Freight and passenger trains are always running in North Carolina. Once emergency brakes are applied, it takes a train traveling 55 mph more than one mile, or about 18 football fields, to stop completely (Be Rail Safe).
Stay off of the tracks.
In 2014, 5 people were killed at railroad crossings and another 20 were killed while trespassing on railroad tracks in North Carolina (North Carolina Operation Lifesaver).
Every three hours, a person or vehicle is struck by a train in the United States.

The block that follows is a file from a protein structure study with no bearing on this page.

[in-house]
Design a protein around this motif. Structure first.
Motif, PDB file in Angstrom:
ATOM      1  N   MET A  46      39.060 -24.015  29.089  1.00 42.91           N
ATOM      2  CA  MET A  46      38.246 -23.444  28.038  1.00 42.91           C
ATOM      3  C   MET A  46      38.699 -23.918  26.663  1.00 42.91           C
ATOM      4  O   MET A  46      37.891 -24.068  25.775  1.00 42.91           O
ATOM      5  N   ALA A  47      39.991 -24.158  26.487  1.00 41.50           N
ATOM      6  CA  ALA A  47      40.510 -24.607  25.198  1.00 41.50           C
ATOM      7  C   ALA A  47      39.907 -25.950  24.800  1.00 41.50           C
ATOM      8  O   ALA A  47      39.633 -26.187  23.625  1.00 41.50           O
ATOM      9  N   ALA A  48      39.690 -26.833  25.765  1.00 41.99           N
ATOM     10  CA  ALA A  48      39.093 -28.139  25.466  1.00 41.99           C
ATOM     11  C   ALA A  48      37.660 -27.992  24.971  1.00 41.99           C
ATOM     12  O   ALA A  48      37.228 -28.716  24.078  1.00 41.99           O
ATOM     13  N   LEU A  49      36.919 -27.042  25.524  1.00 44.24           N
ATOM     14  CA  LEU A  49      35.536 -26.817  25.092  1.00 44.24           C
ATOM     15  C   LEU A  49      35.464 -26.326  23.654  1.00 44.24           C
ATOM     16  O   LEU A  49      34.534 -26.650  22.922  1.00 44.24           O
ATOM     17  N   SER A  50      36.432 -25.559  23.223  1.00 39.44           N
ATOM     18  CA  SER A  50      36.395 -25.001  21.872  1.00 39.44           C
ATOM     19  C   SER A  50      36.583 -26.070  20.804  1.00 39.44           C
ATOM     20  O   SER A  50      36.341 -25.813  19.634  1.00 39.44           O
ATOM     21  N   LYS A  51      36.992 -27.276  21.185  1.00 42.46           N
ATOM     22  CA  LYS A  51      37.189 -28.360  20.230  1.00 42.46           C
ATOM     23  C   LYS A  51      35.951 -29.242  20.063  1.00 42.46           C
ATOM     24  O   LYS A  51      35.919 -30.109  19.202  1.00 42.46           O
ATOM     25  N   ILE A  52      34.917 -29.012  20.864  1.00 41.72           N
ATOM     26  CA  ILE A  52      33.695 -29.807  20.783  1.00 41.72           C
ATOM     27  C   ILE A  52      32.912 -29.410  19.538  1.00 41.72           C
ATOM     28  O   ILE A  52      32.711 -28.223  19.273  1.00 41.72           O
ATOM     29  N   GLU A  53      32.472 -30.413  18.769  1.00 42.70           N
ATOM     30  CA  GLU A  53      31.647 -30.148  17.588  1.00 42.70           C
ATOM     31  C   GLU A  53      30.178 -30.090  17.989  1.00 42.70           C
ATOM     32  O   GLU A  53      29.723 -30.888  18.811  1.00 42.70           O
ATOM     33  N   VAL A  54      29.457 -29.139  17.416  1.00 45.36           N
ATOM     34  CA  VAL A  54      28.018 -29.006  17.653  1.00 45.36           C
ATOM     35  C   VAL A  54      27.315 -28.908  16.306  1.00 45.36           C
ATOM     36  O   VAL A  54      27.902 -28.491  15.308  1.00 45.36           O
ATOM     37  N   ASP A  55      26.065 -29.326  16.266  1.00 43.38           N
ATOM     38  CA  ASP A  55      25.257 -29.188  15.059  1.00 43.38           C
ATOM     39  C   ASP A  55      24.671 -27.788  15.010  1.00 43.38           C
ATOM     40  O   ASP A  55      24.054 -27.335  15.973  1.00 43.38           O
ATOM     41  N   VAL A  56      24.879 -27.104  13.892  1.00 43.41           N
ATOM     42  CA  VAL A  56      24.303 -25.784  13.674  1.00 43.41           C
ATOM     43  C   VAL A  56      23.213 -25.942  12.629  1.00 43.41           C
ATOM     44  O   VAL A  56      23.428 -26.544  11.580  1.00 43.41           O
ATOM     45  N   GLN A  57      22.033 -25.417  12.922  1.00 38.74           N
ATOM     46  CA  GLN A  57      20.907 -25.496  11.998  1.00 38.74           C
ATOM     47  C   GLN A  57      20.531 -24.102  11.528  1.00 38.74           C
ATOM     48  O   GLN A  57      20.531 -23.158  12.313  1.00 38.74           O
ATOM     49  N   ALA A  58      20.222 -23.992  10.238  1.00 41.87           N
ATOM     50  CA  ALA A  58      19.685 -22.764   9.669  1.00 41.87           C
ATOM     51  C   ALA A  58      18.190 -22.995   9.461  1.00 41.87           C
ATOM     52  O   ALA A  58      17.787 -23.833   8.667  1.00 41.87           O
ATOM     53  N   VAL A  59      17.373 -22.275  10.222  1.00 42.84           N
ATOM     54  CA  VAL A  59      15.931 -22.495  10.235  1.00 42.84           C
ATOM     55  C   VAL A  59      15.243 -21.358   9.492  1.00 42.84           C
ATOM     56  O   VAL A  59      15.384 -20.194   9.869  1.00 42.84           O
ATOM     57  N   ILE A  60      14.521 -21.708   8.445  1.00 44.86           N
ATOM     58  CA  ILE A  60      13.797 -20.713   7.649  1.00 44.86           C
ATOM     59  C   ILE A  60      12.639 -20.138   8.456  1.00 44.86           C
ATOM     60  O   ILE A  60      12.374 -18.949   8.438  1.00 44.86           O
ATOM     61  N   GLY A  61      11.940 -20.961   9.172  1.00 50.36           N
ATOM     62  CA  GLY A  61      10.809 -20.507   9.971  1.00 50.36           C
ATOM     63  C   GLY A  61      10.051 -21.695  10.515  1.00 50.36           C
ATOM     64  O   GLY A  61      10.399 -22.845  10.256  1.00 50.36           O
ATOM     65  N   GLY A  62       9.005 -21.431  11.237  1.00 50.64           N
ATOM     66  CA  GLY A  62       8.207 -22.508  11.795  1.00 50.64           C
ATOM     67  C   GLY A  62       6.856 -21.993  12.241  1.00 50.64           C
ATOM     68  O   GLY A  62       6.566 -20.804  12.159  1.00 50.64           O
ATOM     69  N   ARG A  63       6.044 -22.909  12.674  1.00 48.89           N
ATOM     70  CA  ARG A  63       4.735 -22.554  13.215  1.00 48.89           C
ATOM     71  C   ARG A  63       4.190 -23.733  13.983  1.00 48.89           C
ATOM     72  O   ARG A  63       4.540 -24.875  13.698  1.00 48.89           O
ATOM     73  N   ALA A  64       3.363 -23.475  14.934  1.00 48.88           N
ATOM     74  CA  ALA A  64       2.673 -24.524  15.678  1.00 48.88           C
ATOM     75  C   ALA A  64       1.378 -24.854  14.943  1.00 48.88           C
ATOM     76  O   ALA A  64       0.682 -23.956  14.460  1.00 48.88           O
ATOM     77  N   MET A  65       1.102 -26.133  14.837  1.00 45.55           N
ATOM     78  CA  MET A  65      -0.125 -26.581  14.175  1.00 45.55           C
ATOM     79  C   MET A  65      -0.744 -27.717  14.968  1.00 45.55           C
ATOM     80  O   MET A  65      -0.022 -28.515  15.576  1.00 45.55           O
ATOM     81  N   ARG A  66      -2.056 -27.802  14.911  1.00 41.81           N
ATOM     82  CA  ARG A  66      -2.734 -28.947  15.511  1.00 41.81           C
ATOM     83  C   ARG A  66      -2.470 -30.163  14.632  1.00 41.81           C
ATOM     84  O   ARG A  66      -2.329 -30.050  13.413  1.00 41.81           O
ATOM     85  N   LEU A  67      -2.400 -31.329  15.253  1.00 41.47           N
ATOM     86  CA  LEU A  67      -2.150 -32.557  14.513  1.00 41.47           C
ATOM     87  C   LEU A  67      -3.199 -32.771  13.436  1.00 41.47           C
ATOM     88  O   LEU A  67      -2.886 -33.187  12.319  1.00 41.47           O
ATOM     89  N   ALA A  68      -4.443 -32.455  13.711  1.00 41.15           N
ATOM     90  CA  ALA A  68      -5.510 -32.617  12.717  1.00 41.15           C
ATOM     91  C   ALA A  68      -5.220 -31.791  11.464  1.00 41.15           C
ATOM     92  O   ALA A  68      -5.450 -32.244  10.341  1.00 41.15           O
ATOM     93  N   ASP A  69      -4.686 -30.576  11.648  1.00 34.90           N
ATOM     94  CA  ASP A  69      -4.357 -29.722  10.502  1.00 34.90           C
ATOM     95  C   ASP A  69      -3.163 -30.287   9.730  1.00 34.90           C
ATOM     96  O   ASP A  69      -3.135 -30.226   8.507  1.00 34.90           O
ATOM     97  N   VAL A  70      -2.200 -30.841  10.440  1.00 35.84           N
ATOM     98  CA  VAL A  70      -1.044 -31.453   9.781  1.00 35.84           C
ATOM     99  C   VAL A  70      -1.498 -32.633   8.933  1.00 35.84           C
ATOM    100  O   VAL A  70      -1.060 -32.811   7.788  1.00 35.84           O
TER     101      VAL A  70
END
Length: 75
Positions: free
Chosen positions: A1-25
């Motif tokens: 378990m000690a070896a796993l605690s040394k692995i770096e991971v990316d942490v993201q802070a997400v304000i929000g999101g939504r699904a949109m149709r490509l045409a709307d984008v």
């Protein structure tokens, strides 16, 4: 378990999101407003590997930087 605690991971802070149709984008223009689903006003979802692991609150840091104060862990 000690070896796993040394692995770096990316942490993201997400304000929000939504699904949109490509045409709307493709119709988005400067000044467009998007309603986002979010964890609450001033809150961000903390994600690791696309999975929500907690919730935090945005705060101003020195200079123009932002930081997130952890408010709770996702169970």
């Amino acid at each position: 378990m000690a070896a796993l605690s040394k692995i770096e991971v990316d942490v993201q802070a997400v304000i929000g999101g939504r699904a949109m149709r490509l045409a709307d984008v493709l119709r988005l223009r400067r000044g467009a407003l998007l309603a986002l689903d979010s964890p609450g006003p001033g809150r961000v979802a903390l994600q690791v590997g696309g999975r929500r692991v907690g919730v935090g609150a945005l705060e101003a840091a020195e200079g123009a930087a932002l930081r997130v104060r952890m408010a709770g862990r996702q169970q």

95 percent of all rail-related deaths involve drivers trying to beat a train, or people walking on railroad tracks (Operation LifeSaver).
How do you stop a train?
In an emergency, look for the blue sign. The number listed can stop the train more quickly than 911.
Stay behind the white lines if crossing guard is down or lights are flashing.
Stay alert around railroad tracks. Headphones, cell phones, or other distractions could prevent you from hearing or seeing an approaching train.
If your vehicle stalls on a railroad crossing, immediately get out and get far away from the tracks. Find the blue sign located by the railroad crossing and call the number listed – this will get you in contact with the railroad operator directly.